Igor Baranko is a Ukrainian comic artist, best-known for his sardonic and sometimes scary stories. He was born in Kiev, where he also studied Fine Arts. After a military service of two years in the Red Army and following the fall of the USSR, Baranko went to the Buddhist regions of Siberia in search of the meaning of life. Back in the Ukraine, the euphoria of independence was replaced by economic slump. Baranko decided to try his luck with Western European publishers, and submitted his pages to European fanzines. In the years 1993-1998, he also published several graphic novels in his home country, such as 'Povernennya Mamaya' ('The Return of Mamaia'), 'Svyatoslav ta vikinh' ('Svyatoslav and Viking') and 'Mamay-zmiyeborets' ('Mamaya-victorious'). He won the US Immigration Lottery in 1999, allowing him to move to the United States, where he created his first professional comic work.
He illustrated a couple of 'Bart Simpson' stories for Bongo Comics in 2000, and released 'Pifitos: A Newly Found Unknown Poem of Homer' (2001) and 'Skaggy the Lost' (2002-2004) through Slave Labor Graphics. His comic 'The Horde' was published simultaneously in the US and in France (as 'L'Empereur-Océan') in 2003. It was a futuristic tale about a new Russian dictator with the vision to invoke the spirit of Ghengis Khan and his Golden Horde to create an empire reaching from the Pacific Ocean to the Atlantic.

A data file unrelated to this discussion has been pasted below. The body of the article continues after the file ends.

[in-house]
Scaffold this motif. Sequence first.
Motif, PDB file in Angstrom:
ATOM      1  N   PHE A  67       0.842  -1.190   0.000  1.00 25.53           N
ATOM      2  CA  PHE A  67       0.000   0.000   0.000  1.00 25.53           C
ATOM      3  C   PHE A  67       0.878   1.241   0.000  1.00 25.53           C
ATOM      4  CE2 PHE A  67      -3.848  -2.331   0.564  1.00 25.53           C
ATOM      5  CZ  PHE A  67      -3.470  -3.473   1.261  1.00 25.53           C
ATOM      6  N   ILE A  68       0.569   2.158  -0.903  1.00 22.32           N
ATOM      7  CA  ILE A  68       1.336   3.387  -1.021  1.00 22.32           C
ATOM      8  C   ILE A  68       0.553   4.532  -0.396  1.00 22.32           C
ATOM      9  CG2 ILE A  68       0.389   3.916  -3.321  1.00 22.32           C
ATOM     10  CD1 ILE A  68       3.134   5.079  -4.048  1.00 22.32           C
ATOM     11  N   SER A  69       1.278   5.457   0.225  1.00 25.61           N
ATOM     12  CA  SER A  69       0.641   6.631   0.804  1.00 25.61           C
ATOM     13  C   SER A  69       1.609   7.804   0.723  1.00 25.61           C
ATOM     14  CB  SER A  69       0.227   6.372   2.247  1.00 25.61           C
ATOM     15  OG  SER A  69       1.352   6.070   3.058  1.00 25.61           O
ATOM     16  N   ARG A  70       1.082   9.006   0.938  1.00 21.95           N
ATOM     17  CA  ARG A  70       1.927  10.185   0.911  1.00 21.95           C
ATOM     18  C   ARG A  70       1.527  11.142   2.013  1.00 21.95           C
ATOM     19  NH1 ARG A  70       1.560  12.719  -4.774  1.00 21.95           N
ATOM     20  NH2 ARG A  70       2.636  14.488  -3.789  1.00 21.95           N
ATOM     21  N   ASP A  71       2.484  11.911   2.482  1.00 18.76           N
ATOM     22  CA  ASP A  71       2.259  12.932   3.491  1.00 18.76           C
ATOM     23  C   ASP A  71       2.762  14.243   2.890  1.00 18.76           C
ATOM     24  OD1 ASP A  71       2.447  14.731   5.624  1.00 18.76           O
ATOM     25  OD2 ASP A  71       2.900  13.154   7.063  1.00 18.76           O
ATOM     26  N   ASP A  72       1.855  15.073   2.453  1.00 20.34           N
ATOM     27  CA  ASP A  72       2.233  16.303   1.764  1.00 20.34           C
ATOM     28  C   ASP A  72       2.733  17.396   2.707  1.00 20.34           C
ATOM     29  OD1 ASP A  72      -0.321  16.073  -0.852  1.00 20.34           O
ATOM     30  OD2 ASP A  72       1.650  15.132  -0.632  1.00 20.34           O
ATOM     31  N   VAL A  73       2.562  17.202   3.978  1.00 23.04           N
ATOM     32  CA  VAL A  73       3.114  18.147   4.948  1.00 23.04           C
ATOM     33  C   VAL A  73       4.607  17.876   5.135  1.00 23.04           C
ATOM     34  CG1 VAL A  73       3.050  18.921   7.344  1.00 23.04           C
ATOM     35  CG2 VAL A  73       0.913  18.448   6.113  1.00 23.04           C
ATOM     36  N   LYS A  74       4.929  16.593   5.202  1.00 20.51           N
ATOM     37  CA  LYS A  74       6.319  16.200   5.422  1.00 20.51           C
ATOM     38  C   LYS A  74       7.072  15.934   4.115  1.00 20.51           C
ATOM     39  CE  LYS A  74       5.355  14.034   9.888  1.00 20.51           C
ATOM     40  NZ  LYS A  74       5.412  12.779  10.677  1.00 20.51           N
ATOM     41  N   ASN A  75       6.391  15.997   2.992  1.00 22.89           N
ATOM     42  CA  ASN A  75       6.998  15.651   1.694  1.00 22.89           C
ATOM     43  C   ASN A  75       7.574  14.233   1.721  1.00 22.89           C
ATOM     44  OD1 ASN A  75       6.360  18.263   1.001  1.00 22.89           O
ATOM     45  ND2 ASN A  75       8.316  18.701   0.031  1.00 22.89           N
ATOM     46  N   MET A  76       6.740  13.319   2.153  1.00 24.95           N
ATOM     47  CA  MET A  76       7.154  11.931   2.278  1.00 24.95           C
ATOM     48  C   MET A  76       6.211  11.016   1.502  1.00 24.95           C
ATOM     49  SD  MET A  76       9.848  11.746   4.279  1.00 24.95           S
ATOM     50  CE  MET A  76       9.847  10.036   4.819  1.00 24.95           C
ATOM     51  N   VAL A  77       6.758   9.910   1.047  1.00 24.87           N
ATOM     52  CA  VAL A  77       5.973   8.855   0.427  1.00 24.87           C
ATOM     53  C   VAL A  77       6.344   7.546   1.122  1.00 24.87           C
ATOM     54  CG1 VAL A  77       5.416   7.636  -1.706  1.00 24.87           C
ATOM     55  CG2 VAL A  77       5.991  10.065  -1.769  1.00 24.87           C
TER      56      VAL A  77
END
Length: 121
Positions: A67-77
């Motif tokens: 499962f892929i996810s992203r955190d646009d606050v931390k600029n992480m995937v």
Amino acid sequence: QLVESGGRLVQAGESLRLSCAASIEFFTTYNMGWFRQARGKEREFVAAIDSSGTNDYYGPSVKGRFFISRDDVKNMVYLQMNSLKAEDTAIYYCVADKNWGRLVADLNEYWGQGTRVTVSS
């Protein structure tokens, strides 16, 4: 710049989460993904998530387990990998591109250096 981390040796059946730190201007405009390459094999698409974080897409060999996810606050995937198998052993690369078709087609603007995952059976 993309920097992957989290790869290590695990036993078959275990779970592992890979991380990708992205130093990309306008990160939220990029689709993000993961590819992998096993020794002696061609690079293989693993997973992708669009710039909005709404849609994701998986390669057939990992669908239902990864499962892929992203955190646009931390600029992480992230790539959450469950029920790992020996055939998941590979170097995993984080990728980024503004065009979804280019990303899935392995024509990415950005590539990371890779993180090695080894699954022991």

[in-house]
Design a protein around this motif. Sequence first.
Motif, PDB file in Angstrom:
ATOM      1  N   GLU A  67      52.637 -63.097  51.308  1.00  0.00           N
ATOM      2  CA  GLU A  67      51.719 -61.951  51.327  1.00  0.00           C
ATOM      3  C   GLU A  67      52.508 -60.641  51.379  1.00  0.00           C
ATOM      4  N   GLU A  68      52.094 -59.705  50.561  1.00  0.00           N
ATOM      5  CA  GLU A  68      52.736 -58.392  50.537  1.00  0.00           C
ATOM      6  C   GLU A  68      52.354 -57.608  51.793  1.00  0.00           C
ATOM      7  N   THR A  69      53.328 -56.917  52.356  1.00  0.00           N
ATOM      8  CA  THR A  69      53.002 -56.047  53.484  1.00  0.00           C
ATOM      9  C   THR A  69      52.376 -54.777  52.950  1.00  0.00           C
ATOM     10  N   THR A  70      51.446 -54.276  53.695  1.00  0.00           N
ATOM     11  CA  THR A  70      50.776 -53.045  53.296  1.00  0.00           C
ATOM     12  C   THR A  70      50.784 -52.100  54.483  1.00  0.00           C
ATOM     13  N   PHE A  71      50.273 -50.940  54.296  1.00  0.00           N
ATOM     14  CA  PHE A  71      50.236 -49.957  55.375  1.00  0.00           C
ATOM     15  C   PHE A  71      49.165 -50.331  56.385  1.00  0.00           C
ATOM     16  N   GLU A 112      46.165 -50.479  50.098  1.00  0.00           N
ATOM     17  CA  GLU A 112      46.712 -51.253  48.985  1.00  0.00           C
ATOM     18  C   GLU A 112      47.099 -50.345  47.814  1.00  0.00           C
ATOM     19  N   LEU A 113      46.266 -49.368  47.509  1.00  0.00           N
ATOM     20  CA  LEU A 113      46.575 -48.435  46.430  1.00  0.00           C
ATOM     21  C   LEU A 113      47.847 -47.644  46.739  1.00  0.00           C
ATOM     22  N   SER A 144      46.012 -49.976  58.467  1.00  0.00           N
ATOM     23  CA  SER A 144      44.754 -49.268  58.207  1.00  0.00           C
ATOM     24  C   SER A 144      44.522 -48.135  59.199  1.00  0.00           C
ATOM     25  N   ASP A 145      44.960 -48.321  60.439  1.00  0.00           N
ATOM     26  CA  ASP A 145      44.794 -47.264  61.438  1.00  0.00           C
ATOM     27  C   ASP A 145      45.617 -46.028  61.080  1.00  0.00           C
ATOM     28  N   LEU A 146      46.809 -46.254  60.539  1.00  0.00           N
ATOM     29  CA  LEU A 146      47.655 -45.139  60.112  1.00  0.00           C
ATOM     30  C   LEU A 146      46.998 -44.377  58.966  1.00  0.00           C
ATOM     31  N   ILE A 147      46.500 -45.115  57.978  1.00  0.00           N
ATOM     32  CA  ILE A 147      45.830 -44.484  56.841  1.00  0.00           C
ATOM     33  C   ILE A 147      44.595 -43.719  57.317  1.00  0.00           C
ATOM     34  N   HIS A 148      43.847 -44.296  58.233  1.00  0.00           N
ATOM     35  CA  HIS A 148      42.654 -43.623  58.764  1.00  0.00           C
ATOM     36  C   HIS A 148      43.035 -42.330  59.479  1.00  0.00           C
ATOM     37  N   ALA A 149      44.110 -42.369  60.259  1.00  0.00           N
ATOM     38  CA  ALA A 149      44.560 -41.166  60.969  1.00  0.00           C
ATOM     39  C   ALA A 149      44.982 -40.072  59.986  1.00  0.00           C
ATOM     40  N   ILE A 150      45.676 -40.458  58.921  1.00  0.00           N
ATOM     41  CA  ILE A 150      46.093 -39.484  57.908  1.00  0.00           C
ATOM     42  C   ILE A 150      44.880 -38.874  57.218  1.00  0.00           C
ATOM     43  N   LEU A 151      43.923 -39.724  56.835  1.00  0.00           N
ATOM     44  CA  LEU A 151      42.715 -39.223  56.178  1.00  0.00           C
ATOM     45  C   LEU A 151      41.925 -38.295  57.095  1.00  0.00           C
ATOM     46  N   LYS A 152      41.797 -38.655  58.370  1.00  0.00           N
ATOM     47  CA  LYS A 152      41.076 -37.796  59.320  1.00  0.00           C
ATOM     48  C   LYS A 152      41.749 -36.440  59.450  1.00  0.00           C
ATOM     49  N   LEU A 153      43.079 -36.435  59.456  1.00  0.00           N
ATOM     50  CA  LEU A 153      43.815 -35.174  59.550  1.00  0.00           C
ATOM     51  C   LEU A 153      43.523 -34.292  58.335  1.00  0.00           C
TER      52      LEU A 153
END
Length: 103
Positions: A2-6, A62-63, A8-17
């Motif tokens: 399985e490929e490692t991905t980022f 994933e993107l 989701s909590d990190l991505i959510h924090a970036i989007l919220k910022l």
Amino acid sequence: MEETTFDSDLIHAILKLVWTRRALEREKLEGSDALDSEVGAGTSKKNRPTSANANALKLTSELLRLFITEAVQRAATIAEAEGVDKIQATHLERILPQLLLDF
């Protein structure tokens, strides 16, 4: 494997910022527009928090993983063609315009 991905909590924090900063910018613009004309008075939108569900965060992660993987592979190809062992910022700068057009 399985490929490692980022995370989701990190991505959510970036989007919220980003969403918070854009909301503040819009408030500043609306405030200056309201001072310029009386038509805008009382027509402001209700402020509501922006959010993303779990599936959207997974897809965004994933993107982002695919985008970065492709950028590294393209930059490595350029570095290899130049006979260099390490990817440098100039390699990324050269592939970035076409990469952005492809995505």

In that same year, he began his collaboration with French scriptwriter Jean-Pierre Dionnet on the science-fiction saga 'Exterminateur 17 - La trilogie d'Ellis', a follow-up to the 'Exterminator 17' series by Dionnet and Enki Bilal, published by Les Humanoïdes Associés between 2003 and 2008. In 2005 and 2006, Baranko also released his alternative history solo series 'La Danse du Temps' ('The Danse of Time') through this publishing house. It was followed by the historical diptych 'Les Princesses Égyptiennes' in 2010 and 2011.